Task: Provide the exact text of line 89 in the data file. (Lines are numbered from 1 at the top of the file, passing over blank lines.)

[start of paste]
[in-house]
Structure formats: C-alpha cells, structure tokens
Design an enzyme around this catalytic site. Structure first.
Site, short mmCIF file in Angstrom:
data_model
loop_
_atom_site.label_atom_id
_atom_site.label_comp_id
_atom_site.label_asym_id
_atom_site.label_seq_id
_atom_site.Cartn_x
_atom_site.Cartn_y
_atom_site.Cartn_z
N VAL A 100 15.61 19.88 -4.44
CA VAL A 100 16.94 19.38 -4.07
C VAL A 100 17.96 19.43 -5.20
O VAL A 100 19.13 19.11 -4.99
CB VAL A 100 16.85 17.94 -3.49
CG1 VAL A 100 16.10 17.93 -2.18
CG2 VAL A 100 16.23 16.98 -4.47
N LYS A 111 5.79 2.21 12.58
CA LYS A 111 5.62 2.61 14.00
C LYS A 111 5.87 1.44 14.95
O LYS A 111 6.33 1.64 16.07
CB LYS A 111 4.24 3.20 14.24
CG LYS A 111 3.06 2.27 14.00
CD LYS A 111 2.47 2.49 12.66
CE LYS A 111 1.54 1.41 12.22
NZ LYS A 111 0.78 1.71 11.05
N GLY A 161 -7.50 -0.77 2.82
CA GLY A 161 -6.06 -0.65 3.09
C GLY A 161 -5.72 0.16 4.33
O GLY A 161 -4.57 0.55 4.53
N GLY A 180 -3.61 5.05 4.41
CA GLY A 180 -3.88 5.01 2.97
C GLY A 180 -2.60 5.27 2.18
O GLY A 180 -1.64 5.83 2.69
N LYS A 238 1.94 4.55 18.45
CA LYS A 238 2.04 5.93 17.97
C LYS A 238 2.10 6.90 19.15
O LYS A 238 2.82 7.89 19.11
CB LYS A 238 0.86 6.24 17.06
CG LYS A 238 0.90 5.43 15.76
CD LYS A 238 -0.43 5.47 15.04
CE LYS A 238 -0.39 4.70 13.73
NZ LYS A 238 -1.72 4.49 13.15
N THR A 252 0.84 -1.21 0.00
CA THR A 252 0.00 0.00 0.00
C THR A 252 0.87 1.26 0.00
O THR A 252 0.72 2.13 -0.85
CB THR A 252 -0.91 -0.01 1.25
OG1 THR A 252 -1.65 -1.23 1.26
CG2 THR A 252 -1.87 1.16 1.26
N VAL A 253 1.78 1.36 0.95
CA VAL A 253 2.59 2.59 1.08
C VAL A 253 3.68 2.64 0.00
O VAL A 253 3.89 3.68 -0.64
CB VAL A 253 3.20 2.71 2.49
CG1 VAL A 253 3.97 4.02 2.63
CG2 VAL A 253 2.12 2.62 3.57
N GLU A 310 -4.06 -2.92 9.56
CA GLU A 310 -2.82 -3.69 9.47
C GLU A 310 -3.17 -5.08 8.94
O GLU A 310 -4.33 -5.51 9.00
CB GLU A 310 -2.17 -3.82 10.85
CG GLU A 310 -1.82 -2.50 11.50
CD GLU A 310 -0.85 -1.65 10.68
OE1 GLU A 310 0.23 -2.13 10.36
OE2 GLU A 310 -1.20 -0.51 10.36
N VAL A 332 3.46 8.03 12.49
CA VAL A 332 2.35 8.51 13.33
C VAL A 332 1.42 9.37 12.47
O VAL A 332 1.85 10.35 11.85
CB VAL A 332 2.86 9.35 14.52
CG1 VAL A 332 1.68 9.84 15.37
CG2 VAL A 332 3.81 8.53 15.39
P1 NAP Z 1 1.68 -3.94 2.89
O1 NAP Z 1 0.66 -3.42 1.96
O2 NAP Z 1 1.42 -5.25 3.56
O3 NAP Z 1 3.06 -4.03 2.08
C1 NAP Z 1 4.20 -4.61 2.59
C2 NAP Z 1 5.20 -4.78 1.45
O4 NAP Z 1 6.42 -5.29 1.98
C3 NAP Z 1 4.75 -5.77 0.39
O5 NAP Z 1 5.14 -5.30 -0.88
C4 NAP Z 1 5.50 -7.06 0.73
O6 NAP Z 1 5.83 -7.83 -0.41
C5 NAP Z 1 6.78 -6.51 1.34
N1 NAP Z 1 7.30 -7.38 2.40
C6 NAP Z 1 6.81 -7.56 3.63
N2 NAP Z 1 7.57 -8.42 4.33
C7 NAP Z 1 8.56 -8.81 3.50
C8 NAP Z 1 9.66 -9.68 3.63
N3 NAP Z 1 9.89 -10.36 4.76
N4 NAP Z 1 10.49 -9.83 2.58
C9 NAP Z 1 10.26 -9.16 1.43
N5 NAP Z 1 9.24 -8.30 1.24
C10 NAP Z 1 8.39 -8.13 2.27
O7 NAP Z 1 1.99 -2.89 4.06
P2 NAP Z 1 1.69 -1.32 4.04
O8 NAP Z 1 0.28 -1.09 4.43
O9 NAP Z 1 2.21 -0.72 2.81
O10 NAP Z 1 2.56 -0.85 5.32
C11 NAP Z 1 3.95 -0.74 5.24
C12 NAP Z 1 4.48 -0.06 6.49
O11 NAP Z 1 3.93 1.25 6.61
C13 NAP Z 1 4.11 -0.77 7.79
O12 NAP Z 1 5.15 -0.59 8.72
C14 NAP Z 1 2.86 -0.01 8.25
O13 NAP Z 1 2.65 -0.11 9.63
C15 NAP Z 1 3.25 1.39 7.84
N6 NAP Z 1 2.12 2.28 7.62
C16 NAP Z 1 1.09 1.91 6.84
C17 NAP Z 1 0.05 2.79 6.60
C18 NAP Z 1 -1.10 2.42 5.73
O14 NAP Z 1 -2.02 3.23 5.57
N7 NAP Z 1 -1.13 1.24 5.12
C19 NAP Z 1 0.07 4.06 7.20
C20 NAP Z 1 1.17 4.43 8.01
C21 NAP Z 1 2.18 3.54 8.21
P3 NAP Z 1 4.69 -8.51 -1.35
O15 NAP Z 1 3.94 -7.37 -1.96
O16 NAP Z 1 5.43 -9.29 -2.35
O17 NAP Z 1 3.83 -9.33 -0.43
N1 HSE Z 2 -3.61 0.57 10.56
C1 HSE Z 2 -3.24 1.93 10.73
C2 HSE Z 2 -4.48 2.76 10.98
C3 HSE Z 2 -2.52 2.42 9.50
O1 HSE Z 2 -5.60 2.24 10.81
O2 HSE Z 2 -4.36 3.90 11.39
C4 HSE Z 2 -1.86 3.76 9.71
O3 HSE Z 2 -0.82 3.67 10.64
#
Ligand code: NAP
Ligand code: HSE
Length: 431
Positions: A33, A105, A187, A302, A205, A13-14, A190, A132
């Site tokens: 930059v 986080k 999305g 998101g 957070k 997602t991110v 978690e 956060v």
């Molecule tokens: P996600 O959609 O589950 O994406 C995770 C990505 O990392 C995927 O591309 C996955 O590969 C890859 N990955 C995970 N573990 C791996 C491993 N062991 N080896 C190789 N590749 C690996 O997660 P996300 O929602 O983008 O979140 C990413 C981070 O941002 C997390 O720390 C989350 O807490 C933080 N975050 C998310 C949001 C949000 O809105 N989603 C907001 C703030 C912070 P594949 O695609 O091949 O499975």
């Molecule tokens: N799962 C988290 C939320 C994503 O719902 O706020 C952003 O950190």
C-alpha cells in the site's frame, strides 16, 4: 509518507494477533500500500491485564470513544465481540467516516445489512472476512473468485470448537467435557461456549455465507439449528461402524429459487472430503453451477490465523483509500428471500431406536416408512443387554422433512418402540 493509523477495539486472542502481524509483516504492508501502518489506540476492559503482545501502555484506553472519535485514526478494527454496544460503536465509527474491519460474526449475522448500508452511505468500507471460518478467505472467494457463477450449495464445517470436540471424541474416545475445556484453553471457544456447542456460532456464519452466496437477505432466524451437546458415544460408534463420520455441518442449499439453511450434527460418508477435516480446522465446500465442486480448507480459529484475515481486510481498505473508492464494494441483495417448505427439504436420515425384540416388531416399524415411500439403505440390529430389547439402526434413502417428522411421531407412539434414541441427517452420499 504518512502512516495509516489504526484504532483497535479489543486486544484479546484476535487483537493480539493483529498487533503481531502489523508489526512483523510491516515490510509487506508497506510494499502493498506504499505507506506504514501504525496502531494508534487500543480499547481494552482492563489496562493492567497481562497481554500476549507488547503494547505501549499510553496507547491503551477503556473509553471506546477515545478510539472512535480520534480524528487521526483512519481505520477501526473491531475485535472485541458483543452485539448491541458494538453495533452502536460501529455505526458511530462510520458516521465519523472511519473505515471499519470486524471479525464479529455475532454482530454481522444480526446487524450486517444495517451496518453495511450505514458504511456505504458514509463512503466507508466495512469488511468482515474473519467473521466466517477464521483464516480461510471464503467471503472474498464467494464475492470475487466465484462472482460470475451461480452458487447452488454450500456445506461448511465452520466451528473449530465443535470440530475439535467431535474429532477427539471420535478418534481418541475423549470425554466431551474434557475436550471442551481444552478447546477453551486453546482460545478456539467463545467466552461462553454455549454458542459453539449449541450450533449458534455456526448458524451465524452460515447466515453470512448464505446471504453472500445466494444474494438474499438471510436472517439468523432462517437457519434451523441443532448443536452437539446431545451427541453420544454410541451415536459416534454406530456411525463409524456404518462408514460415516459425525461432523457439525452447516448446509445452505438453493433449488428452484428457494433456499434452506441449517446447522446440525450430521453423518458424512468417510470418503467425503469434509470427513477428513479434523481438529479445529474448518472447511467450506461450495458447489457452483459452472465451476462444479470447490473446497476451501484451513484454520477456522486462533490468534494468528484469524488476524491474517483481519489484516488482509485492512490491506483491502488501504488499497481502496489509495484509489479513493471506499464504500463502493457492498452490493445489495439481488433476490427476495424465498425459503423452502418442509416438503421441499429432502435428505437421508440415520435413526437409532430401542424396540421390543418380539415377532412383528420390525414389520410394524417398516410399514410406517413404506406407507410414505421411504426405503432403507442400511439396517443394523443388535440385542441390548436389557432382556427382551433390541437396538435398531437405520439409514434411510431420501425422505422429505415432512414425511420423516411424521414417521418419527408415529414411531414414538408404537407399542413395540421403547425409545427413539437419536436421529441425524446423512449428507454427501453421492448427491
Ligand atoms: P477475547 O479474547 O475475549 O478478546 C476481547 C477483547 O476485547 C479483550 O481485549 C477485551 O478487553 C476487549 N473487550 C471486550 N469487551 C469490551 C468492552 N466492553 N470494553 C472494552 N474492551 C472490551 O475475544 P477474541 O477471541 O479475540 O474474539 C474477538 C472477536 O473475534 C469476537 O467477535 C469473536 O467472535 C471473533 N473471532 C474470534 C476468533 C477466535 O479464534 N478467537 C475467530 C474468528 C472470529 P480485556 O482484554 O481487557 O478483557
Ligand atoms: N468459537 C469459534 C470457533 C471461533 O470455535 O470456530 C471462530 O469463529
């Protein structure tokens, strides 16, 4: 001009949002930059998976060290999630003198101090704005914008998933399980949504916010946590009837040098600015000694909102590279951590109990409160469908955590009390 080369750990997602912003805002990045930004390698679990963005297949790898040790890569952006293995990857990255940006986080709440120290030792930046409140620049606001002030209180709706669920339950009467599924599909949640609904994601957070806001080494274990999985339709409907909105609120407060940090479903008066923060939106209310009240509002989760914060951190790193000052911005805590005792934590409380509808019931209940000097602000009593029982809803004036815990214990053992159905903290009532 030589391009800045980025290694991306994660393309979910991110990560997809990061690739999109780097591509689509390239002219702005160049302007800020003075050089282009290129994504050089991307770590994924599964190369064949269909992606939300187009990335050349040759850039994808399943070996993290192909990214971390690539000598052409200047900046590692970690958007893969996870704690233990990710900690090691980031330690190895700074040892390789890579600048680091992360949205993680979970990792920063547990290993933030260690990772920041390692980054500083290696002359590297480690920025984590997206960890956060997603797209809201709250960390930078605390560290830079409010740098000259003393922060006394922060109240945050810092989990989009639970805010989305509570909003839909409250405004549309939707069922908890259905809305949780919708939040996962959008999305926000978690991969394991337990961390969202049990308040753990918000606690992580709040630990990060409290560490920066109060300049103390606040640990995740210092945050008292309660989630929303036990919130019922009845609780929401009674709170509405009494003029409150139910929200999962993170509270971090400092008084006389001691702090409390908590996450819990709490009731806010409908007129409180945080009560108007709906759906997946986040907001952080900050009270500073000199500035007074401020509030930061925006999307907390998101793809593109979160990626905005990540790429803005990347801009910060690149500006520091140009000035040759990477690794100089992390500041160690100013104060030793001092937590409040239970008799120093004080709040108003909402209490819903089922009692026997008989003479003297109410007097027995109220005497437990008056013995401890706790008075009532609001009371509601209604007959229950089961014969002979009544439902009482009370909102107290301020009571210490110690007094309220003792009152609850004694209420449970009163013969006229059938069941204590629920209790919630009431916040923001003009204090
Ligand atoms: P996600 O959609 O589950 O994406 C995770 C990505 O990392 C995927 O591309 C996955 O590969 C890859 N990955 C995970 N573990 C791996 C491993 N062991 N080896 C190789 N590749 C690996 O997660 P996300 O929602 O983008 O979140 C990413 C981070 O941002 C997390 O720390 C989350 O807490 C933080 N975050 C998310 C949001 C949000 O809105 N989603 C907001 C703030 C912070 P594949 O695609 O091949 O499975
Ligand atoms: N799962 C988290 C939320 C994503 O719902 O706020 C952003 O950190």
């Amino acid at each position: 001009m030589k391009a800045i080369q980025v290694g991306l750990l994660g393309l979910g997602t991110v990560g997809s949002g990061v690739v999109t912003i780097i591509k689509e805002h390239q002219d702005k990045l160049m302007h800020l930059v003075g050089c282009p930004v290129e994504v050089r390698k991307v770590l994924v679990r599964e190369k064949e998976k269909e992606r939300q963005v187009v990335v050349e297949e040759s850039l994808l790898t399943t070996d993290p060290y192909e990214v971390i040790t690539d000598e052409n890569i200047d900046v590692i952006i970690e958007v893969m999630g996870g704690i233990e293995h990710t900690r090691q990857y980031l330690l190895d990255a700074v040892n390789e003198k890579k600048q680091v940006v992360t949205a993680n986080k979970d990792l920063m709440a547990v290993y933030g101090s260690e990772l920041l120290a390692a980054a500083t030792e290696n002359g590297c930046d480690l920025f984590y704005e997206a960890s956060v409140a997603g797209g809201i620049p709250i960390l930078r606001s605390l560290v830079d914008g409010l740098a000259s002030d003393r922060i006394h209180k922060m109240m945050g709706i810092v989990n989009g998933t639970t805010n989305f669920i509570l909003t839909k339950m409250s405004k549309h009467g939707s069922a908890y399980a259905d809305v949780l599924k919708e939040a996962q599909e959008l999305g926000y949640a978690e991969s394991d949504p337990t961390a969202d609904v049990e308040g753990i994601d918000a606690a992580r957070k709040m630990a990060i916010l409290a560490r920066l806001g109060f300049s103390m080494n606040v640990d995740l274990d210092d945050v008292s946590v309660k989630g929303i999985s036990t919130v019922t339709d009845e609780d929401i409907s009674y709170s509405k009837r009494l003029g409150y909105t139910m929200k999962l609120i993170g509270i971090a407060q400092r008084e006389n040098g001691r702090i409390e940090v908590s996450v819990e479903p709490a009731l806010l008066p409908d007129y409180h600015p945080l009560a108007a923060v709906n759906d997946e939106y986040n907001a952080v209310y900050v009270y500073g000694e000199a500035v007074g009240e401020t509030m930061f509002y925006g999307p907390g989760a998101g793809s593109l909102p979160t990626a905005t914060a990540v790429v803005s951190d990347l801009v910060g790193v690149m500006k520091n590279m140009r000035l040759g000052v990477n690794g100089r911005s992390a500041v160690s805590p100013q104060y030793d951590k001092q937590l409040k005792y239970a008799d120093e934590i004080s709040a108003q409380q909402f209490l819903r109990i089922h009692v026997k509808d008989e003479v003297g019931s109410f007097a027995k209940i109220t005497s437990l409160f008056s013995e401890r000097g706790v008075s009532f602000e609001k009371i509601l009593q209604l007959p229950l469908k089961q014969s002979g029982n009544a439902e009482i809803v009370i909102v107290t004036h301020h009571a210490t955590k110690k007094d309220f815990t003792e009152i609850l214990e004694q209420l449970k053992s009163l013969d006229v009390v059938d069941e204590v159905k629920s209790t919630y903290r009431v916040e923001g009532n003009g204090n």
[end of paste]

N1 NAP Z 1 7.30 -7.38 2.40